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Covid-19 cases still on the rise in Phase 2 of reopening King County

caption: People gather on Wednesday, May 27, 2020, at Gas Works Park in Seattle.
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People gather on Wednesday, May 27, 2020, at Gas Works Park in Seattle.
KUOW Photo/Megan Farmer

Seattle and King County are officially in phase two of reopening. But over the past week, the number of people with a confirmed case of Covid-19 has trended upwards, quickly.

KUOW’s Anna Boiko-Weyrauch is here to explain what is going on.

This interview has been edited for clarity.

Starting two weeks ago, the number of cases started ticking up just about every day. According to preliminary data, King County had almost 100 new cases of Covid-19 Tuesday. That's the highest daily numbers since the beginning of May.

The trend now is toward younger people, people in their 20’s and 30’s. And as we've seen before, there are still racial disparities in who is getting Covid in King County. Compared to white people, the rate of Covid cases is three times higher for Black people, five times higher for Latinx people, and six times higher for Native Hawaiian and Pacific Islanders.

I spoke about that with Dr. Jeff Duchin on Wednesday. He's the Health Officer of Public Health Seattle and King County. He said it's simple: more people are spending more time with other people. The risk of the virus has not gone down, but people are behaving differently than they were during the stay-at home-order. Now, we're giving the virus more opportunities to spread.

Dr. Duchin says:

“People are coming in contact with one another more frequently. They're having more contact closer than six feet, and they're having longer contact, and people aren't wearing masks probably to the degree that they should be, which would also further reduce their risk.”

As a side note, testing has actually doubled in the past two weeks. That accounts for some of the increasing cases, but not all of it.

Not a lot of the new cases have actually come from protests. Only thirty-one people have reported being at a protest somewhere in the county. That's out of over 1000 cases that emerged during the ongoing protests.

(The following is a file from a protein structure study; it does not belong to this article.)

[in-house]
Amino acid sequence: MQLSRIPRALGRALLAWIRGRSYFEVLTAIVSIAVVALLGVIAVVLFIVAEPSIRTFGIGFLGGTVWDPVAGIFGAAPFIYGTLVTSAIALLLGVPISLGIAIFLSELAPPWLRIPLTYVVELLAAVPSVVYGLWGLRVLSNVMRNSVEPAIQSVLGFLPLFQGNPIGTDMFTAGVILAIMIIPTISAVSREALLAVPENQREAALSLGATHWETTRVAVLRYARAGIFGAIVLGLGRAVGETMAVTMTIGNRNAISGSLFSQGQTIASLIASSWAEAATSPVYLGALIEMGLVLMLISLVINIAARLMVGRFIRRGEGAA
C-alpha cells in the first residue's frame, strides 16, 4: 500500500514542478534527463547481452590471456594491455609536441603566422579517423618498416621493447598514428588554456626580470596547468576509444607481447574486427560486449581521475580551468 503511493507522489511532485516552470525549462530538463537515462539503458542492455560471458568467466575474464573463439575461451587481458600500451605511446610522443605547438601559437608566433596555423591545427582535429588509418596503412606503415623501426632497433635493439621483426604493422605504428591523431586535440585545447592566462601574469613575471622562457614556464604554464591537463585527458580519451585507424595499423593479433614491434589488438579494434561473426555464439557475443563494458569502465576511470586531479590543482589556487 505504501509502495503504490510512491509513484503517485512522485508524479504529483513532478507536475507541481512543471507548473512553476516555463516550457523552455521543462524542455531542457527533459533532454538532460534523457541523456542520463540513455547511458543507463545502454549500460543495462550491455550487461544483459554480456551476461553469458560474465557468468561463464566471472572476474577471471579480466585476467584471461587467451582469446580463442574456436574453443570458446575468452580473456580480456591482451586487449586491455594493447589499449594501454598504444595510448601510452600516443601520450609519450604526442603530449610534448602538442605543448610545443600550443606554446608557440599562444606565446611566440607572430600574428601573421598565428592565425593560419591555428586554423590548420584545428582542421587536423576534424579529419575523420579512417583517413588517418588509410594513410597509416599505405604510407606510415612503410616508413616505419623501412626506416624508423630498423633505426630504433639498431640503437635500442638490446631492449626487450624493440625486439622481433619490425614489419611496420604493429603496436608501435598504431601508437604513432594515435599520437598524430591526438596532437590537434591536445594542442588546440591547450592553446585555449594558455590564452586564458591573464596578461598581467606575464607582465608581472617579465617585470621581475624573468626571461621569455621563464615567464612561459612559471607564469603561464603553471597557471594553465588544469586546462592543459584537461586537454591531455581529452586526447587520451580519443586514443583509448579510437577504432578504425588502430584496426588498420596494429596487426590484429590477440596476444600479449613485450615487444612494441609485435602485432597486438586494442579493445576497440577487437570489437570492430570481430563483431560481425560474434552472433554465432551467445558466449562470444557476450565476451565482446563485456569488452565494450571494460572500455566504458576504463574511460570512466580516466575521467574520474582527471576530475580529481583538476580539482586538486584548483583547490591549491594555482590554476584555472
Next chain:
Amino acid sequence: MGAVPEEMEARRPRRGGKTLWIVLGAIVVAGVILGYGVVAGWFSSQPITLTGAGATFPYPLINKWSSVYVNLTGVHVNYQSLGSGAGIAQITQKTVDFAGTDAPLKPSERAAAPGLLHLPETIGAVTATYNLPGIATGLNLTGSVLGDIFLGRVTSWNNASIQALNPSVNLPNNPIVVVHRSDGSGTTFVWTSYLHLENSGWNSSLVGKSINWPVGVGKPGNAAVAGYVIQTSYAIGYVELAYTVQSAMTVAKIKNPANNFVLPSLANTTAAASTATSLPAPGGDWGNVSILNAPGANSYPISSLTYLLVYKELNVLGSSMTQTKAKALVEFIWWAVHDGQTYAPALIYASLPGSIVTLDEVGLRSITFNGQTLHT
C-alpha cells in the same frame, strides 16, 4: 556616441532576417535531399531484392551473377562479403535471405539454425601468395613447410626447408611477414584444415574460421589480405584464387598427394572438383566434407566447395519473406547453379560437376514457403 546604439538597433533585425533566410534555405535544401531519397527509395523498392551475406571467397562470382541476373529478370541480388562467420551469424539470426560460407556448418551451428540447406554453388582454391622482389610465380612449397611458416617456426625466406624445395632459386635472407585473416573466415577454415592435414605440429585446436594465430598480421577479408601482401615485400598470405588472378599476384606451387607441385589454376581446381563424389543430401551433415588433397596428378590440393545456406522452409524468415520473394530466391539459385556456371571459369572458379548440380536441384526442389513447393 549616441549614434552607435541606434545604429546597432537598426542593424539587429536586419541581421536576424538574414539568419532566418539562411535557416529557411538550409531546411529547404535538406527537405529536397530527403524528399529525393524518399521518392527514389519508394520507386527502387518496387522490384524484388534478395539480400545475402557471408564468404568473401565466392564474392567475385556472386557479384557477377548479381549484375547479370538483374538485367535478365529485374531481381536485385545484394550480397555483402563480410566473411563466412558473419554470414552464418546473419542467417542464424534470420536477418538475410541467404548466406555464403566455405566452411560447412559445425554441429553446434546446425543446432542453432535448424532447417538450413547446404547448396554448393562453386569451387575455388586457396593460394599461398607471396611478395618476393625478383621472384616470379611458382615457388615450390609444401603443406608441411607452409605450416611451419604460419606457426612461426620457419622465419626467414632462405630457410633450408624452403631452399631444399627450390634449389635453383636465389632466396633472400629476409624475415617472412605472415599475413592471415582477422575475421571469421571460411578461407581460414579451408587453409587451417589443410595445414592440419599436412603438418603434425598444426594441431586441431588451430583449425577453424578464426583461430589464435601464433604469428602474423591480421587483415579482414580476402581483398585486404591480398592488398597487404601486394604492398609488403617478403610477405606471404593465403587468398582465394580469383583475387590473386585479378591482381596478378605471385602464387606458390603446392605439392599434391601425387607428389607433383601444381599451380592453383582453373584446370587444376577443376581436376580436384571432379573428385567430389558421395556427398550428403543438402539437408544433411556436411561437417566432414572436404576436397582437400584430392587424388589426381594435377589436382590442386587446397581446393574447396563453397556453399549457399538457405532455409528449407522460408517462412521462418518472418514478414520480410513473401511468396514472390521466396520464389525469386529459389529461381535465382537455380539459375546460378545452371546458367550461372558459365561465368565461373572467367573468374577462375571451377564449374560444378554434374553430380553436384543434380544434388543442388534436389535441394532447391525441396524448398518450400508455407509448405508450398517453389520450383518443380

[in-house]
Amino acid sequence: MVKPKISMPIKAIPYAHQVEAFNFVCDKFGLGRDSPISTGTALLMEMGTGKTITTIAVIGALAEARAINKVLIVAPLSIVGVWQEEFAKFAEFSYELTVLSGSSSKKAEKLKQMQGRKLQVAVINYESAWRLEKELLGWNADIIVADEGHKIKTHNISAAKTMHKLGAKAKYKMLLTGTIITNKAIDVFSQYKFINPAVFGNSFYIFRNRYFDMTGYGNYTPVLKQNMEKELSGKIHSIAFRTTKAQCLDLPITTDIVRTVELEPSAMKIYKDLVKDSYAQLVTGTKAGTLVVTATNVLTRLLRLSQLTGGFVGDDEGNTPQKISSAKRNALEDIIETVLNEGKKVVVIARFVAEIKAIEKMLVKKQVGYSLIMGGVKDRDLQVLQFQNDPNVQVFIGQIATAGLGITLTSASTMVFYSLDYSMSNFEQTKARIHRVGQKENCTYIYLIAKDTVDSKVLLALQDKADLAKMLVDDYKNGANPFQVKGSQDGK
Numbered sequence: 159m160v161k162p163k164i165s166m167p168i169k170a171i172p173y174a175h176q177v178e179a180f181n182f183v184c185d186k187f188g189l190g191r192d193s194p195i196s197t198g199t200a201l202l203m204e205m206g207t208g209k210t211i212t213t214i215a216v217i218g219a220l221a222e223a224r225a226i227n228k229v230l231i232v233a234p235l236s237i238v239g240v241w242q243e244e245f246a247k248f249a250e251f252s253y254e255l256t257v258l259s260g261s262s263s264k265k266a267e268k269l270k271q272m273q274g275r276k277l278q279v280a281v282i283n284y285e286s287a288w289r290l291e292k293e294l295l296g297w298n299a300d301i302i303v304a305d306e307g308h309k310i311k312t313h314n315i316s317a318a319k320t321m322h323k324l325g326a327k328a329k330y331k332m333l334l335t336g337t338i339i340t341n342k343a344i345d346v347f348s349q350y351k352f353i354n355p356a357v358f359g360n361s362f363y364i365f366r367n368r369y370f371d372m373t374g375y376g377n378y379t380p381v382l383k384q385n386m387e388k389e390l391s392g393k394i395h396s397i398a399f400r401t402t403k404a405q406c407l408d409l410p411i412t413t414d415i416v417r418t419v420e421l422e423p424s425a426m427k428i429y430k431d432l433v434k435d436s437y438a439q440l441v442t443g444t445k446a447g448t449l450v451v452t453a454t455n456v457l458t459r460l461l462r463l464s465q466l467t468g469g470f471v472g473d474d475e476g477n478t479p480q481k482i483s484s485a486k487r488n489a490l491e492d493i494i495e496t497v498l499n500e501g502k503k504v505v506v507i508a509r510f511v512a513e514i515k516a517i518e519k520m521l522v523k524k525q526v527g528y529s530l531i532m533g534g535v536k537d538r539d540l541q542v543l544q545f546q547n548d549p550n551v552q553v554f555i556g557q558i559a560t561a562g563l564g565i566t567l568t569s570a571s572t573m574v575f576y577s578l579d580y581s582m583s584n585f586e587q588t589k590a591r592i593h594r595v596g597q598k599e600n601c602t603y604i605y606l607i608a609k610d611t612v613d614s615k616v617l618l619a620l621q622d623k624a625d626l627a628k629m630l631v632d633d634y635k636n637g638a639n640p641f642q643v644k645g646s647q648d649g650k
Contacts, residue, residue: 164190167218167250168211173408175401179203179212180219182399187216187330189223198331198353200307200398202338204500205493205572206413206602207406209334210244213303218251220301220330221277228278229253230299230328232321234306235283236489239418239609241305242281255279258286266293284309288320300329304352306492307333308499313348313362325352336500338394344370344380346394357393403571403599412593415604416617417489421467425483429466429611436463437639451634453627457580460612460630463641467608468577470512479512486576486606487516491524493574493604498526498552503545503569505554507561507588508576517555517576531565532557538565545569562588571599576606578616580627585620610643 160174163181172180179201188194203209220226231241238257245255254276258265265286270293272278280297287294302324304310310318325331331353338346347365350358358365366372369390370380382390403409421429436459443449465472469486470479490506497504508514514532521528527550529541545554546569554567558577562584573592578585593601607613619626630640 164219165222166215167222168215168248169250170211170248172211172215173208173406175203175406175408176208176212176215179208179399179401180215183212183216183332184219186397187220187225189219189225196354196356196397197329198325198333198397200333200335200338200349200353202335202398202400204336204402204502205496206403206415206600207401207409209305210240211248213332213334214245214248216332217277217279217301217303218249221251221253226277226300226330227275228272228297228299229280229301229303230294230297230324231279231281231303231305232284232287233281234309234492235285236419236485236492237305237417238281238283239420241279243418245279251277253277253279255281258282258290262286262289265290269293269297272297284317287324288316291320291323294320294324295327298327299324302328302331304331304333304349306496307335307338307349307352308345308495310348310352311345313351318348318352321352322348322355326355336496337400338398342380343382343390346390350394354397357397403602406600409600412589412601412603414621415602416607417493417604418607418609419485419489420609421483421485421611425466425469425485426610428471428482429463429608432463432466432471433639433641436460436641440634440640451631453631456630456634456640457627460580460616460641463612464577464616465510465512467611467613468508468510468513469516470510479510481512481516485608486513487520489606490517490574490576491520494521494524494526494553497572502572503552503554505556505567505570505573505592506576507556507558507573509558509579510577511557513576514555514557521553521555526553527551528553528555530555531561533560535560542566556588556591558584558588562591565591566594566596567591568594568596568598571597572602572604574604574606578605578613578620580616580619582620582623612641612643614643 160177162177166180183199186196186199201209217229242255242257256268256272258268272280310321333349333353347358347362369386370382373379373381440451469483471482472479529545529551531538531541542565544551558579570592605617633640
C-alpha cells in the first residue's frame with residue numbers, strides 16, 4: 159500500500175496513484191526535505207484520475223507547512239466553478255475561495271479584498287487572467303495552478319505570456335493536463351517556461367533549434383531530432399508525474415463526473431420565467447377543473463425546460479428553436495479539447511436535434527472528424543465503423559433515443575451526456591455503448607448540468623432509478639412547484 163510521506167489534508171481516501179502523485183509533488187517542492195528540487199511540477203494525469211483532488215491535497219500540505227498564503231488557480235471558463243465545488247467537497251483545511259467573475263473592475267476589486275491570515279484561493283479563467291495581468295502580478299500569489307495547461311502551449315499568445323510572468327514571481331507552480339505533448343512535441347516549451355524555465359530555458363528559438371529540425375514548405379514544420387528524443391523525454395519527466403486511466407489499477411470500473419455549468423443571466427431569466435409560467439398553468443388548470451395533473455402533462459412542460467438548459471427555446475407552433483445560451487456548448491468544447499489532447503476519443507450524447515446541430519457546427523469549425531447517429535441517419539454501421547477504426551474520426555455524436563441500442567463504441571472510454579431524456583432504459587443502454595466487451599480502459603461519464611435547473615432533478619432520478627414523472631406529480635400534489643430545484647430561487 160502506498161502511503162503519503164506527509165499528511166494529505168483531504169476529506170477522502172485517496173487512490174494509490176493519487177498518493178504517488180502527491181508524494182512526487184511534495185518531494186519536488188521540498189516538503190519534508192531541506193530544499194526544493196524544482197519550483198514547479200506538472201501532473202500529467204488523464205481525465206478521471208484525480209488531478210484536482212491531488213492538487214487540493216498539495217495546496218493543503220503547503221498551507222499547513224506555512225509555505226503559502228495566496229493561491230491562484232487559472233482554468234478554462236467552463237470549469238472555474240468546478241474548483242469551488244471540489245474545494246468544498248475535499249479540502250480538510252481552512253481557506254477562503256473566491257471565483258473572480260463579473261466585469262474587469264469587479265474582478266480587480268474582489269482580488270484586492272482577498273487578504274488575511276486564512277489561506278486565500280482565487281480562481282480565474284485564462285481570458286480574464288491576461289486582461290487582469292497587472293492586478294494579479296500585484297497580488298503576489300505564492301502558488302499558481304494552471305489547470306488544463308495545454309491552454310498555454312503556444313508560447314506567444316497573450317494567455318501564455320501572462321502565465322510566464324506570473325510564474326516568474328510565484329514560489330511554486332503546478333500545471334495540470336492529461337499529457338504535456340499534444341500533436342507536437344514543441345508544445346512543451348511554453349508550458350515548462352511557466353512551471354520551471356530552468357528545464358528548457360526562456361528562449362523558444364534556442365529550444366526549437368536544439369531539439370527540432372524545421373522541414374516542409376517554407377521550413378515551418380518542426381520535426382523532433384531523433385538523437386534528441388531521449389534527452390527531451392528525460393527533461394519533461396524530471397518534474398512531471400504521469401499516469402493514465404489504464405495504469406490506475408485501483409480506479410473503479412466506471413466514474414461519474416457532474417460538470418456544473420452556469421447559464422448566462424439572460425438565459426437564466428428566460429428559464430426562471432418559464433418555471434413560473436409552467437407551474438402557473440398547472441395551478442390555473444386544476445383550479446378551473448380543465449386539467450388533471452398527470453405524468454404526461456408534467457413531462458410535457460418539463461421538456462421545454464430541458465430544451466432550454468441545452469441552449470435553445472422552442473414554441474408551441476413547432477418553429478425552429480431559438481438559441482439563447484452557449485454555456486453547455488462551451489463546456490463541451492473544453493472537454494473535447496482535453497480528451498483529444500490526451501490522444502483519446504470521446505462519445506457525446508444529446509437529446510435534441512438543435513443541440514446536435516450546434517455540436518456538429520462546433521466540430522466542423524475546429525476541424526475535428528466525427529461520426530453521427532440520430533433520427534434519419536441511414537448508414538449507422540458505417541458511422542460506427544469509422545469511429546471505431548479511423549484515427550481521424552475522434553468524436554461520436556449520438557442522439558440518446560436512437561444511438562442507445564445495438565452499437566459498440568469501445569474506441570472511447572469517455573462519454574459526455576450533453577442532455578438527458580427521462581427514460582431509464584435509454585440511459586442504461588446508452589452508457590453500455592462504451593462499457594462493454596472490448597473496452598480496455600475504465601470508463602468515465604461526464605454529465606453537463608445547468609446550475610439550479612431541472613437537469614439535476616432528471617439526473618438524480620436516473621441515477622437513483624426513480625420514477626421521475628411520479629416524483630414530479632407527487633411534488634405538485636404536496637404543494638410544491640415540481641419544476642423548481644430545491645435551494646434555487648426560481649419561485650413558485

Where and how the new cases are occurring is something I really wanted to know, too — the answer is very telling. When someone gets Covid-19, they get a call from a health worker who does an interview, asks them where they've been and what they've been doing.

But, Covid can take two weeks to show up in someone who's infected. In that period of time, people are doing a lot of things, and they're going a lot of places now. It's very hard to pin down where exactly they caught the virus.

Dr. Duchin says it could be someone you live with, or where you work, or transit, or a restaurant, or shopping, or a casino:

“There are a whole lot of places out there now where you can acquire Covid in our state. And people should assume that it's everywhere, and it really is everywhere right now.”

This is a very important point that Dr. Duchin repeated over and over. Just because we're in phase two does not mean there's less risk. There's actually more risk now.

Duchin said he felt it was okay to move to phase two, because he felt our health system was capable of dealing with the new cases. Plus, now there's even more capacity for testing and contact tracing, so we can keep an eye on how the virus is spreading.

But now, if the health system starts to get strained, if hospitals start to fill up, then we're going to have to close down businesses again and go back to staying at home.

Duchin said he's very concerned that people don't understand just how risky the virus still is. That's why local and state health officials are pushing so hard for us to wear masks right now. Secretary of Health John Wiesman told me today that covering your nose and mouth is a good way to slow the spread of the virus:

“Because I can feel like I'm totally healthy today, but maybe unbeknownst to me, I'm actually infected. By wearing a face covering, I am preventing putting those droplets out in the air that somebody else might become infected.”

Listen to the interview by clicking the play button above.

Link to free Covid-19 testing sites in King County

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